I guess Paul Simon is disappointed, because they finally did take his Kodachrome away, it having fallen victim to digital photography and the highly exacting and difficult chemistry required to process Kodachrome film. It’s a shame, though, because Kodachrome film has a high degree of color stability over time, and really does give “nice bright colors,” which is why it was often sought out by professional photographers. Some of the most famous pictures were taken with Kodachrome film, like this one, and this one.
Now there’s a gallery making its way around the blogosphere that shows some amazing Kodachrome photos from the Black and White era [Link removed because the Denver Post works with the scum of the earth], the late 30s, early 40s. These would be Kodachrome photos because that process having been introduced in 1935, and the color hues look like the film. You can see the rich color, and note that even after all this time, they still look very good; a tribute to the film’s stability.Â Ektachrome, the cheaper, easier to process color film technology,Â wasn’t introduced until 1942, and as any kid who grew up in the 70s can attest if they look at their kid pictures today, it’s not all that stable; the pictures lose their colorÂ truenessÂ over time.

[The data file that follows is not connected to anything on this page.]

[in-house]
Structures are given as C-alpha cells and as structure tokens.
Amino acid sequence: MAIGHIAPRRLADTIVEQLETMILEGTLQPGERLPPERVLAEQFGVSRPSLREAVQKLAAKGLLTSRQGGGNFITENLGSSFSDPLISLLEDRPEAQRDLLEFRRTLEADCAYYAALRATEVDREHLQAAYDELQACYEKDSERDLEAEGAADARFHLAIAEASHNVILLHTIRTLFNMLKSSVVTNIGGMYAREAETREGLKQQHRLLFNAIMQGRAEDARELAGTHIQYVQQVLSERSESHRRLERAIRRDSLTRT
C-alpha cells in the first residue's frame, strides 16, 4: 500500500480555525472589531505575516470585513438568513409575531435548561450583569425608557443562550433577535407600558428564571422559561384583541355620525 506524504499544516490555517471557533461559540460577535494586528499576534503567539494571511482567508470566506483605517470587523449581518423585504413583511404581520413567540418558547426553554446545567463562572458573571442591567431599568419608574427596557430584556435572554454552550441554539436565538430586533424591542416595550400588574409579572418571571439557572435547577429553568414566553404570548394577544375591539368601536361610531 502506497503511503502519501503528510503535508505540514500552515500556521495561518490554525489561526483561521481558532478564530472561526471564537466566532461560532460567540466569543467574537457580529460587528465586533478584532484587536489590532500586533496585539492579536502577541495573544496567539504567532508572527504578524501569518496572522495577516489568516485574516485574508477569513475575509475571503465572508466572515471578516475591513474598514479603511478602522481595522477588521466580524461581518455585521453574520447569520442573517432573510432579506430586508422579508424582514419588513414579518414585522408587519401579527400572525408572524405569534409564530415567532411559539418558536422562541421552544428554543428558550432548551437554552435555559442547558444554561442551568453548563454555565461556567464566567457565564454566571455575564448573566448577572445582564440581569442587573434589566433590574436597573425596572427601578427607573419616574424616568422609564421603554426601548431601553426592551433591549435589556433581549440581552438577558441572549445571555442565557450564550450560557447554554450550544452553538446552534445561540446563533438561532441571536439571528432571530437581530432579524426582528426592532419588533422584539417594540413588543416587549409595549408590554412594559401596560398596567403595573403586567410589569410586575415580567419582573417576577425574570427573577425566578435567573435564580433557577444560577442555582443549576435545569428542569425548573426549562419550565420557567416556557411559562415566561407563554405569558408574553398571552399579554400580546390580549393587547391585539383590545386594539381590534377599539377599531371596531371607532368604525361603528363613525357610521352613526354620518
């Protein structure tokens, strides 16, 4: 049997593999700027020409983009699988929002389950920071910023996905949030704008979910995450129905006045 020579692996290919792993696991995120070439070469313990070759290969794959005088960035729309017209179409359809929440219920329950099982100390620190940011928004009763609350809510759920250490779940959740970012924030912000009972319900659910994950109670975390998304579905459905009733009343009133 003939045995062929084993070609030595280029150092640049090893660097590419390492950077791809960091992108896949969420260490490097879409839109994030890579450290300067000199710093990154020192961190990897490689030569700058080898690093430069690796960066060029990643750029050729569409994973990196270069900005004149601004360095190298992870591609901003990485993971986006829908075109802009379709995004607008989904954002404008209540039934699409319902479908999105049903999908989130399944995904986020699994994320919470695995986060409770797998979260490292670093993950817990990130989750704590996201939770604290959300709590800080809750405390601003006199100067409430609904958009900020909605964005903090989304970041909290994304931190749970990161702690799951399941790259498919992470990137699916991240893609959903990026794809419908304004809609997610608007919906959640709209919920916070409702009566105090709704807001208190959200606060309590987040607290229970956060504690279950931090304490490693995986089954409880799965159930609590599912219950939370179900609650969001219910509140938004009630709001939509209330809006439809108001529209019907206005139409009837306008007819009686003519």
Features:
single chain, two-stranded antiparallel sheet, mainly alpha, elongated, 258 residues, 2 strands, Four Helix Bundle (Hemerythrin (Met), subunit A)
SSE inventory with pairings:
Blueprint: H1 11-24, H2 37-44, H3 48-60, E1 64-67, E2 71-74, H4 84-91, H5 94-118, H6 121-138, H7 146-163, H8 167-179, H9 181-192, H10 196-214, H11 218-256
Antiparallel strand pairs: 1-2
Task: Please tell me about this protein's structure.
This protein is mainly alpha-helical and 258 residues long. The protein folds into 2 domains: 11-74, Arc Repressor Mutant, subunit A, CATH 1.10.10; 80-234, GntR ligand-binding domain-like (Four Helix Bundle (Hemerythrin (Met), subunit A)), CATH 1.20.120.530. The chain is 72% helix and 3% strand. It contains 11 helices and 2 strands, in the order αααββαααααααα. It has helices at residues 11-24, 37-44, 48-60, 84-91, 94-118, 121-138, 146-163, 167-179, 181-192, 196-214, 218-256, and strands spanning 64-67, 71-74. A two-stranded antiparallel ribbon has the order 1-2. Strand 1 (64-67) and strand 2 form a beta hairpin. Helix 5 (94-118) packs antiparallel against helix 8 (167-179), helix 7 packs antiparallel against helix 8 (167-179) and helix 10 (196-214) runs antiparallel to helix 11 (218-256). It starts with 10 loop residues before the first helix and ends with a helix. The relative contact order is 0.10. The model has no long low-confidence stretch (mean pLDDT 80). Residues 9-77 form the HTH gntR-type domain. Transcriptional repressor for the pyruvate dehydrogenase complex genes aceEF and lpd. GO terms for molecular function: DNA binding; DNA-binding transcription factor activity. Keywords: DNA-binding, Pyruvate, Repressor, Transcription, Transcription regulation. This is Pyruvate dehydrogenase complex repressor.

But nothing is as stable as digital photos. Assuming we don’t have a collapse of civilization, and lose digital technology, kids 5000 years from now will be looking at pictures from this era that look exactly the same then as they do now. Kodak discontinued Kodachrome in 2009, citing lack of demand. There’s still one lab in the country who can process the film, and they will cease processing at the end of 2010. The last Kodachrome photograph has yet to be processed, but that will soon happen. It’ll be the end of an era when it is.
UPDATE: You can see here that different types of films can be simulated digitally.